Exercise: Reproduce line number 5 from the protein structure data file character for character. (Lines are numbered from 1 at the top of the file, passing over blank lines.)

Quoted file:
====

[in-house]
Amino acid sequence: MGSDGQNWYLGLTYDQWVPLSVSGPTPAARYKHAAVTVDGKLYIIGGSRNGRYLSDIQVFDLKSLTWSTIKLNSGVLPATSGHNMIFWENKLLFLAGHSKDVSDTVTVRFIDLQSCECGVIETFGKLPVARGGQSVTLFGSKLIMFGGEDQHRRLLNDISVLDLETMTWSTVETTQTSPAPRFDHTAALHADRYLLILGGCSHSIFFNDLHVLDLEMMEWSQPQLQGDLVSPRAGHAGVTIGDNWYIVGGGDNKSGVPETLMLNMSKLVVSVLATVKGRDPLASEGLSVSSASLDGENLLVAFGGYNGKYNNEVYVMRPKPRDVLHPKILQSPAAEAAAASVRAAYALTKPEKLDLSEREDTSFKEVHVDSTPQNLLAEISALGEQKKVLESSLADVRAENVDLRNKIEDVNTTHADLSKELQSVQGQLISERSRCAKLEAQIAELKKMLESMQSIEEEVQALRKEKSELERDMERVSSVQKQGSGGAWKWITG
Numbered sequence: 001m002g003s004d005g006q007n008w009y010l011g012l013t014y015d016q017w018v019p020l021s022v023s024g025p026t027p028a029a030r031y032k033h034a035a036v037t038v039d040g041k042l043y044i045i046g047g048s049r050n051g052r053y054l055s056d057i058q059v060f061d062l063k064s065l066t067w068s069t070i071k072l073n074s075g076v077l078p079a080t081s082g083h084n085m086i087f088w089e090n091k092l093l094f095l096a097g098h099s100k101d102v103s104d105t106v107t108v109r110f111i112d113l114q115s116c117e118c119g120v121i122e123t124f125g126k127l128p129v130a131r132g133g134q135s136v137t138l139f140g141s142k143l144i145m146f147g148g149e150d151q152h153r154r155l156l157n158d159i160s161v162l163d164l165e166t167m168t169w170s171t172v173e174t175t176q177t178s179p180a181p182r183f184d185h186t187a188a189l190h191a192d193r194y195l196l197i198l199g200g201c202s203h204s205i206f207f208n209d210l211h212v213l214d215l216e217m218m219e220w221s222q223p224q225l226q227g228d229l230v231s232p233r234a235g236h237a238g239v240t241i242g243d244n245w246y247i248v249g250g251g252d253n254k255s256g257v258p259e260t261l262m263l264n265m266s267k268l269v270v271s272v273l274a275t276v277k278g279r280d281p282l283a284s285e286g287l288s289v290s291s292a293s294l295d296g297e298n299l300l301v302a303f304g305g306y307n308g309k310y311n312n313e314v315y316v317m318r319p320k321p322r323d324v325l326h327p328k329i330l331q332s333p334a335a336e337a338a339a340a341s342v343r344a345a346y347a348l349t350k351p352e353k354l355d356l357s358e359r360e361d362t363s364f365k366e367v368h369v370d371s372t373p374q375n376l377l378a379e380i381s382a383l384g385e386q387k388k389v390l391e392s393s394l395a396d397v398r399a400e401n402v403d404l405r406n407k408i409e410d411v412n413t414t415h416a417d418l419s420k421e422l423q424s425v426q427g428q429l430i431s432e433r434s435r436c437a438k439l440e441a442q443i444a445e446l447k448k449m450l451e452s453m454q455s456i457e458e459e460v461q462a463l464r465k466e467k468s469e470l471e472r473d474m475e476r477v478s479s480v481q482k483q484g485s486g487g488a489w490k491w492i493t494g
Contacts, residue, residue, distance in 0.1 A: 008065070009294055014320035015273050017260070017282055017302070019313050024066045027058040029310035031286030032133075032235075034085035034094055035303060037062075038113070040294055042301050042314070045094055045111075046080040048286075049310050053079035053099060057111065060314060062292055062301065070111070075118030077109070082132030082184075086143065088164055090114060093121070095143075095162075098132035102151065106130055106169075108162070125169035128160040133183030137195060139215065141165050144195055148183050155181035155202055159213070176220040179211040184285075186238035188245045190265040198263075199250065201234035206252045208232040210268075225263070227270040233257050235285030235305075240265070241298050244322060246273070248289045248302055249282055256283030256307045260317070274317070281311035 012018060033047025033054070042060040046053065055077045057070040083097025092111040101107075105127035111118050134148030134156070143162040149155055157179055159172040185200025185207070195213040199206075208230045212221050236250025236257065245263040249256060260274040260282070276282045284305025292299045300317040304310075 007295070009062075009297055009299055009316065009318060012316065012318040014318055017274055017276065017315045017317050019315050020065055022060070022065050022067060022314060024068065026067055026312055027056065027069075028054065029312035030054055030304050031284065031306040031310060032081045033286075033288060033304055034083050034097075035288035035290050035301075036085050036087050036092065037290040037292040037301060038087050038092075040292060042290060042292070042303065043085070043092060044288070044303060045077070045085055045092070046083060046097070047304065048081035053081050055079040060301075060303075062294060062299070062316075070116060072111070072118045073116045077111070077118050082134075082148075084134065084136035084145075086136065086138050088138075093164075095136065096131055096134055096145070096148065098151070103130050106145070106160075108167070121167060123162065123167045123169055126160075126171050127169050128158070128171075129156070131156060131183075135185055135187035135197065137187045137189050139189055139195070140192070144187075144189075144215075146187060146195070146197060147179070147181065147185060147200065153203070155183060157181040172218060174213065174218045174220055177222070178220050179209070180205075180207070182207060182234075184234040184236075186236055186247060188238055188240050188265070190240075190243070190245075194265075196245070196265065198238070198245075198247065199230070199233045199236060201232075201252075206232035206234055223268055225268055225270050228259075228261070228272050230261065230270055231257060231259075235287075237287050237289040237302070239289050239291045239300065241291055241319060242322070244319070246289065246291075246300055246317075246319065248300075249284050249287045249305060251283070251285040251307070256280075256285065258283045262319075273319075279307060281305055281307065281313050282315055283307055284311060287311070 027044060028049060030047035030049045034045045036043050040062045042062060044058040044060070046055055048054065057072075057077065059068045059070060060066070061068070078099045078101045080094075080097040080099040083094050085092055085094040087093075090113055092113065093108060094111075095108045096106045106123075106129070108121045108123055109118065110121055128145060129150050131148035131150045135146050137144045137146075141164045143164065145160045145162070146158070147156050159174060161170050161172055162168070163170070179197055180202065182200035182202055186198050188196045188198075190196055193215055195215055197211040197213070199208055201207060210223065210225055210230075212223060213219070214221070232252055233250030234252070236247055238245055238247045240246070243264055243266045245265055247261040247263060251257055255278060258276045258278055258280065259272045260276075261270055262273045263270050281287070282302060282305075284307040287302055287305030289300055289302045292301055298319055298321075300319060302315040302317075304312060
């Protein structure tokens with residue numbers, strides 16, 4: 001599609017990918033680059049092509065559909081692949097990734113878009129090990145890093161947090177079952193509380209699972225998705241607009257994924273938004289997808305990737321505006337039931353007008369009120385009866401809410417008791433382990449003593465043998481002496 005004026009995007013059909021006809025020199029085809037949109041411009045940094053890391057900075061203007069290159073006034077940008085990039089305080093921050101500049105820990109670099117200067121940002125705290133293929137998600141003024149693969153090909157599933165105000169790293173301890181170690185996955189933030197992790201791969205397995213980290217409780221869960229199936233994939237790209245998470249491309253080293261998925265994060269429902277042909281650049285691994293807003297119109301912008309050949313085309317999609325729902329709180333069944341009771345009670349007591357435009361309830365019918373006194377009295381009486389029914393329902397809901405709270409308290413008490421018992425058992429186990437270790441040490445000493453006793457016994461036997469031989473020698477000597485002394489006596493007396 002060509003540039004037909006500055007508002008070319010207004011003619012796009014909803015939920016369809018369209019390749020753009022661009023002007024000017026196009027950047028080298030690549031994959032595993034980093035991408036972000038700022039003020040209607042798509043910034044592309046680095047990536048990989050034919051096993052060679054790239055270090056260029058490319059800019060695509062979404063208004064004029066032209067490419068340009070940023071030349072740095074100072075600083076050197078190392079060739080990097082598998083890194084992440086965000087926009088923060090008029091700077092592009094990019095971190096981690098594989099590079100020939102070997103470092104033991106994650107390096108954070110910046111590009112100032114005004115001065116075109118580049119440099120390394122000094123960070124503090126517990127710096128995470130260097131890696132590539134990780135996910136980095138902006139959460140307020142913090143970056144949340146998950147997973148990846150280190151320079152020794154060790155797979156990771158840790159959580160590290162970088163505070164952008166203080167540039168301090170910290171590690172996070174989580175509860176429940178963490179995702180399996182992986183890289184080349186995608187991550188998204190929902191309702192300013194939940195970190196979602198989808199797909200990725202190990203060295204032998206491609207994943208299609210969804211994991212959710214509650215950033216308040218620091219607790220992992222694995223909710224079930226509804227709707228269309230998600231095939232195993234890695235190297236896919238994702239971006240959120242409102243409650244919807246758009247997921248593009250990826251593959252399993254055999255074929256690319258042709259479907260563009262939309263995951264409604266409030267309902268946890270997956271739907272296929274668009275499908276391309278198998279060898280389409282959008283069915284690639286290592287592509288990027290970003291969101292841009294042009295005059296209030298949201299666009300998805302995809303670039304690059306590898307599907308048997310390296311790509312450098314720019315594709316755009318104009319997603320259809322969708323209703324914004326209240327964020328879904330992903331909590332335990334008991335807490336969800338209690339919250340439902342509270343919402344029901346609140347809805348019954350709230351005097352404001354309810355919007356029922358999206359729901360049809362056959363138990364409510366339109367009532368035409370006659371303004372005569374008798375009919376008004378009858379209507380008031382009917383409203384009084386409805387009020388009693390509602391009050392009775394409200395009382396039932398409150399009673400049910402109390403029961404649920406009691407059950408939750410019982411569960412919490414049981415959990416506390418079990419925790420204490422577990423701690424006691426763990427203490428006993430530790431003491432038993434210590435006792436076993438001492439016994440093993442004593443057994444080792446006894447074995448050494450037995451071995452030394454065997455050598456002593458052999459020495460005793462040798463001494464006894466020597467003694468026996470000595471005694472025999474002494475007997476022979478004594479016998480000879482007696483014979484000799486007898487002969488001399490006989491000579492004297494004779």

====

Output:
């Protein structure tokens with residue numbers, strides 16, 4: 001599609017990918033680059049092509065559909081692949097990734113878009129090990145890093161947090177079952193509380209699972225998705241607009257994924273938004289997808305990737321505006337039931353007008369009120385009866401809410417008791433382990449003593465043998481002496 005004026009995007013059909021006809025020199029085809037949109041411009045940094053890391057900075061203007069290159073006034077940008085990039089305080093921050101500049105820990109670099117200067121940002125705290133293929137998600141003024149693969153090909157599933165105000169790293173301890181170690185996955189933030197992790201791969205397995213980290217409780221869960229199936233994939237790209245998470249491309253080293261998925265994060269429902277042909281650049285691994293807003297119109301912008309050949313085309317999609325729902329709180333069944341009771345009670349007591357435009361309830365019918373006194377009295381009486389029914393329902397809901405709270409308290413008490421018992425058992429186990437270790441040490445000493453006793457016994461036997469031989473020698477000597485002394489006596493007396 002060509003540039004037909006500055007508002008070319010207004011003619012796009014909803015939920016369809018369209019390749020753009022661009023002007024000017026196009027950047028080298030690549031994959032595993034980093035991408036972000038700022039003020040209607042798509043910034044592309046680095047990536048990989050034919051096993052060679054790239055270090056260029058490319059800019060695509062979404063208004064004029066032209067490419068340009070940023071030349072740095074100072075600083076050197078190392079060739080990097082598998083890194084992440086965000087926009088923060090008029091700077092592009094990019095971190096981690098594989099590079100020939102070997103470092104033991106994650107390096108954070110910046111590009112100032114005004115001065116075109118580049119440099120390394122000094123960070124503090126517990127710096128995470130260097131890696132590539134990780135996910136980095138902006139959460140307020142913090143970056144949340146998950147997973148990846150280190151320079152020794154060790155797979156990771158840790159959580160590290162970088163505070164952008166203080167540039168301090170910290171590690172996070174989580175509860176429940178963490179995702180399996182992986183890289184080349186995608187991550188998204190929902191309702192300013194939940195970190196979602198989808199797909200990725202190990203060295204032998206491609207994943208299609210969804211994991212959710214509650215950033216308040218620091219607790220992992222694995223909710224079930226509804227709707228269309230998600231095939232195993234890695235190297236896919238994702239971006240959120242409102243409650244919807246758009247997921248593009250990826251593959252399993254055999255074929256690319258042709259479907260563009262939309263995951264409604266409030267309902268946890270997956271739907272296929274668009275499908276391309278198998279060898280389409282959008283069915284690639286290592287592509288990027290970003291969101292841009294042009295005059296209030298949201299666009300998805302995809303670039304690059306590898307599907308048997310390296311790509312450098314720019315594709316755009318104009319997603320259809322969708323209703324914004326209240327964020328879904330992903331909590332335990334008991335807490336969800338209690339919250340439902342509270343919402344029901346609140347809805348019954350709230351005097352404001354309810355919007356029922358999206359729901360049809362056959363138990364409510366339109367009532368035409370006659371303004372005569374008798375009919376008004378009858379209507380008031382009917383409203384009084386409805387009020388009693390509602391009050392009775394409200395009382396039932398409150399009673400049910402109390403029961404649920406009691407059950408939750410019982411569960412919490414049981415959990416506390418079990419925790420204490422577990423701690424006691426763990427203490428006993430530790431003491432038993434210590435006792436076993438001492439016994440093993442004593443057994444080792446006894447074995448050494450037995451071995452030394454065997455050598456002593458052999459020495460005793462040798463001494464006894466020597467003694468026996470000595471005694472025999474002494475007997476022979478004594479016998480000879482007696483014979484000799486007898487002969488001399490006989491000579492004297494004779």